Watch for the warning signs

It’s common for a grieving person to feel depressed, confused, disconnected from others, or they think they are going crazy.  But if a bereaved person’s symptoms do not gradually start to fade – or they get worse with time – this may be a sign that normal grief has evolved into a more serious problem, such as clinical depression.

Encourage the grieving person to seek professional help if you observe any of the following warning signs after the initial grieving period – especially if it’s been over two months since the death.

  • Difficulty functioning in daily life
  • Extreme focus on the death
  • Excessive bitterness, anger or guilt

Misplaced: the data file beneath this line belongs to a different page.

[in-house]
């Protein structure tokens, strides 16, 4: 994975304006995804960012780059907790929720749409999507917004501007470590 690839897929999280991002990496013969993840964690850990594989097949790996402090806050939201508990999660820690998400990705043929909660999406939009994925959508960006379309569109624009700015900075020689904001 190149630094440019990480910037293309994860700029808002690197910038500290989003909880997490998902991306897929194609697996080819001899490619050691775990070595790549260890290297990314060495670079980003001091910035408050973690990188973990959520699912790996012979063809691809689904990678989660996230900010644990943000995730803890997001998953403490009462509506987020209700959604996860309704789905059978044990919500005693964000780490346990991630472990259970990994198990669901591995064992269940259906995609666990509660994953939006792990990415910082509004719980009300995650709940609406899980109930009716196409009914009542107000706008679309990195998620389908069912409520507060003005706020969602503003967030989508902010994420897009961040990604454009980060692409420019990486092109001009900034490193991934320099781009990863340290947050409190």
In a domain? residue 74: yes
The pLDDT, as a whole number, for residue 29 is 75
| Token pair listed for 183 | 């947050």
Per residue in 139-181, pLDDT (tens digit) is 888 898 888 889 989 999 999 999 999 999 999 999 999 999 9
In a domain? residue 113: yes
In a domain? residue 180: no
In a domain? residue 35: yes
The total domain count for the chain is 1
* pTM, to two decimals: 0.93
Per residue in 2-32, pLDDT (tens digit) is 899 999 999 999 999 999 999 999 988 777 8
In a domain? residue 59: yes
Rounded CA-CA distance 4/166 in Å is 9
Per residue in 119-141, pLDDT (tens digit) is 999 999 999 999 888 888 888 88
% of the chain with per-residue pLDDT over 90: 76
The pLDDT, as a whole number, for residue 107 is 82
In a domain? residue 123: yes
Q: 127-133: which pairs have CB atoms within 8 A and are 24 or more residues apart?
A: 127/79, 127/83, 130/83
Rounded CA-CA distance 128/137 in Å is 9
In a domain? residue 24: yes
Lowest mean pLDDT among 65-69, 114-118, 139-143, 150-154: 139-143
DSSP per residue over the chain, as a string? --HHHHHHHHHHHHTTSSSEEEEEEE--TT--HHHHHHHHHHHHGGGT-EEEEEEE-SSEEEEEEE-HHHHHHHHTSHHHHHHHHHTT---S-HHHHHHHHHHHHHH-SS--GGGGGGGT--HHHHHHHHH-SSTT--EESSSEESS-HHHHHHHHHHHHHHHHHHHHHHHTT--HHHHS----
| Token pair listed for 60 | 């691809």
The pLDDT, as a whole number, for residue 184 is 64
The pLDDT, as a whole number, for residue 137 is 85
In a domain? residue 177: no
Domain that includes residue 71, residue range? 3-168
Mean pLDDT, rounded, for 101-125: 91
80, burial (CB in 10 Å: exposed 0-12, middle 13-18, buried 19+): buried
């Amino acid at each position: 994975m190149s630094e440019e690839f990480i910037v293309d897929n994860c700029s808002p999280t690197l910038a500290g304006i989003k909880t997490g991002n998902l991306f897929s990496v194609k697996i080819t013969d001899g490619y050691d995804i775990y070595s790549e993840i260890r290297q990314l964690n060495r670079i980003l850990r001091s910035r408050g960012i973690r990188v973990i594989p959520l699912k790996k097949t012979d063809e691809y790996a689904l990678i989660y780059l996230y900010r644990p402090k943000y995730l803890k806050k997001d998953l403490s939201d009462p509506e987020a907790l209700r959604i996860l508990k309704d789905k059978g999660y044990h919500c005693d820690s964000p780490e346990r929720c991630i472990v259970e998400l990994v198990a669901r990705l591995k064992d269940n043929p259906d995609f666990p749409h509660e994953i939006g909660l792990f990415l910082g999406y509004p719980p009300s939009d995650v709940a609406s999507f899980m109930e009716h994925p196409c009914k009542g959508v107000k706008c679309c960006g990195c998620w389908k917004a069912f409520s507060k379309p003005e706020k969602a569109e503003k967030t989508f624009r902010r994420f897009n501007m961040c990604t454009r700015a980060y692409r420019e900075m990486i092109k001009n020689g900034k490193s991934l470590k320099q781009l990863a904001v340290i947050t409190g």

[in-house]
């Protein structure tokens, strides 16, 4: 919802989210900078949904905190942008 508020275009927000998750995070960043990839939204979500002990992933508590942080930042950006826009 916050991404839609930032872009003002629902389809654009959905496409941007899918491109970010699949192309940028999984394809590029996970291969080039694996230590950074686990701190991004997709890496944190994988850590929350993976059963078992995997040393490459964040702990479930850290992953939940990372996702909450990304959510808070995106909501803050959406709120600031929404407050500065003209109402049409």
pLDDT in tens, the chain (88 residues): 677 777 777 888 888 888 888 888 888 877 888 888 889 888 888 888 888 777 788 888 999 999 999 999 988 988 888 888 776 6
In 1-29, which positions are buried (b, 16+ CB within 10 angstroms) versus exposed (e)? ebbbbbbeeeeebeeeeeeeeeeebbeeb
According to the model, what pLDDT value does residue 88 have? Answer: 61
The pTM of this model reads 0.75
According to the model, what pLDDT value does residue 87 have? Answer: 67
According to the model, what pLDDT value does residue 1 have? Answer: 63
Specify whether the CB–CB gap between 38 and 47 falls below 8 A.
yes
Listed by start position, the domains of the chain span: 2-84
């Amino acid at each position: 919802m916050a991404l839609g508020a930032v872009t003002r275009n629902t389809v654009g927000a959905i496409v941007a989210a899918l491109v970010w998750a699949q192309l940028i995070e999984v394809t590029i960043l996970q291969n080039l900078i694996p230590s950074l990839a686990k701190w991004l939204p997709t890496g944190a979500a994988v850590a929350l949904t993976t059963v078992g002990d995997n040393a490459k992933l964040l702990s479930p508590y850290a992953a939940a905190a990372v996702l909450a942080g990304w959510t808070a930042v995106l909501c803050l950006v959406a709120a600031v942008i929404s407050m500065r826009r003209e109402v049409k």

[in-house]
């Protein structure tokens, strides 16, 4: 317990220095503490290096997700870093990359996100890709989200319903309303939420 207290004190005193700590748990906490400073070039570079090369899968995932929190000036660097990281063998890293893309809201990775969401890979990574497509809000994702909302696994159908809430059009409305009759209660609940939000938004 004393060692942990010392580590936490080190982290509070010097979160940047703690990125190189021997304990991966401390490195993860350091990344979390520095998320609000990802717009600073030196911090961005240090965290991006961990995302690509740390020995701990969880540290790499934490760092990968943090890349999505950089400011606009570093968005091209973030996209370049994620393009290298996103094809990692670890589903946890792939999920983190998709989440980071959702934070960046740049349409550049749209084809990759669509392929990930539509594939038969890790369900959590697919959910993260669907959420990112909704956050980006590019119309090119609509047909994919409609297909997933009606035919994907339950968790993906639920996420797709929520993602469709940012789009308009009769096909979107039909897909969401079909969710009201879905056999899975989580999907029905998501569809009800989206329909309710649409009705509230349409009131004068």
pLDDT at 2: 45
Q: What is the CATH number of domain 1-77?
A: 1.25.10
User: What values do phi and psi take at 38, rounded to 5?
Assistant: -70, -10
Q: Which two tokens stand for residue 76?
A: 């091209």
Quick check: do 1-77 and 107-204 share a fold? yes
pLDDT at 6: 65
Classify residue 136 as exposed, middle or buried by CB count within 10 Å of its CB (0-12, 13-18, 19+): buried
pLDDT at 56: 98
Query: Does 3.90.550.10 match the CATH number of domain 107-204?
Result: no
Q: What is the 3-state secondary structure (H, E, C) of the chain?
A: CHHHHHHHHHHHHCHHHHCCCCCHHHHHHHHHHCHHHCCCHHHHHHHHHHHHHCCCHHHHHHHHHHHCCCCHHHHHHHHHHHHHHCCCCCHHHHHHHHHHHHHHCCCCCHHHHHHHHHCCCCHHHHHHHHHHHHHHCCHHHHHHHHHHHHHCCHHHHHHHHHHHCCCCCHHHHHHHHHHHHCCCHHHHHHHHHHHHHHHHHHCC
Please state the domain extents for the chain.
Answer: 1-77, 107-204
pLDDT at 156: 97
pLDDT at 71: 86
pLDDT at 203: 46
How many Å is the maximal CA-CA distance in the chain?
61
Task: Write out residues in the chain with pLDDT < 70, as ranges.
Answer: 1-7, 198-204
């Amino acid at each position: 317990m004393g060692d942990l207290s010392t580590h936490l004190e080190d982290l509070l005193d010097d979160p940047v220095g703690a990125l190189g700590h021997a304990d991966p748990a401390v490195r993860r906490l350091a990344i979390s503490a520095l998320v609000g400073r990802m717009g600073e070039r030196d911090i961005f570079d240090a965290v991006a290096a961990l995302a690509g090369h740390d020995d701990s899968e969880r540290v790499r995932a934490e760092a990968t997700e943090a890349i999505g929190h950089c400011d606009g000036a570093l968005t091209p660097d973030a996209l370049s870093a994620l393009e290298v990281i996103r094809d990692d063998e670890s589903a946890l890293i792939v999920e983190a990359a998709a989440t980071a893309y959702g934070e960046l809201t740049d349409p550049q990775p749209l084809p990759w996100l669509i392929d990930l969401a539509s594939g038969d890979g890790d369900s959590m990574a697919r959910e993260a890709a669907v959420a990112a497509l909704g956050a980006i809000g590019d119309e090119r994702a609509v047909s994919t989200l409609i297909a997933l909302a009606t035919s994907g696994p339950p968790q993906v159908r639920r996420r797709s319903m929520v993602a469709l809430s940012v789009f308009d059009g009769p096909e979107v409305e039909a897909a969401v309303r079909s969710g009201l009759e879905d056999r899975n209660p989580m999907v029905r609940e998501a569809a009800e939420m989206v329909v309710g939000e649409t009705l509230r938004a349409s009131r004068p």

• Neglecting personal hygiene
  • Alcohol or drug abuse
  • Inability to enjoy life
  • Hallucinations
  • Withdrawing from others
  • Constant feelings of hopelessness
  • Talking about dying or suicide

It can be tricky to bring up your concerns to a bereaved person.  You don’t want to be perceived as invasive.  Instead of telling the person what to do, try to state your own feelings: “I am troubled by the fact that your are not sleeping – what can we do about that?”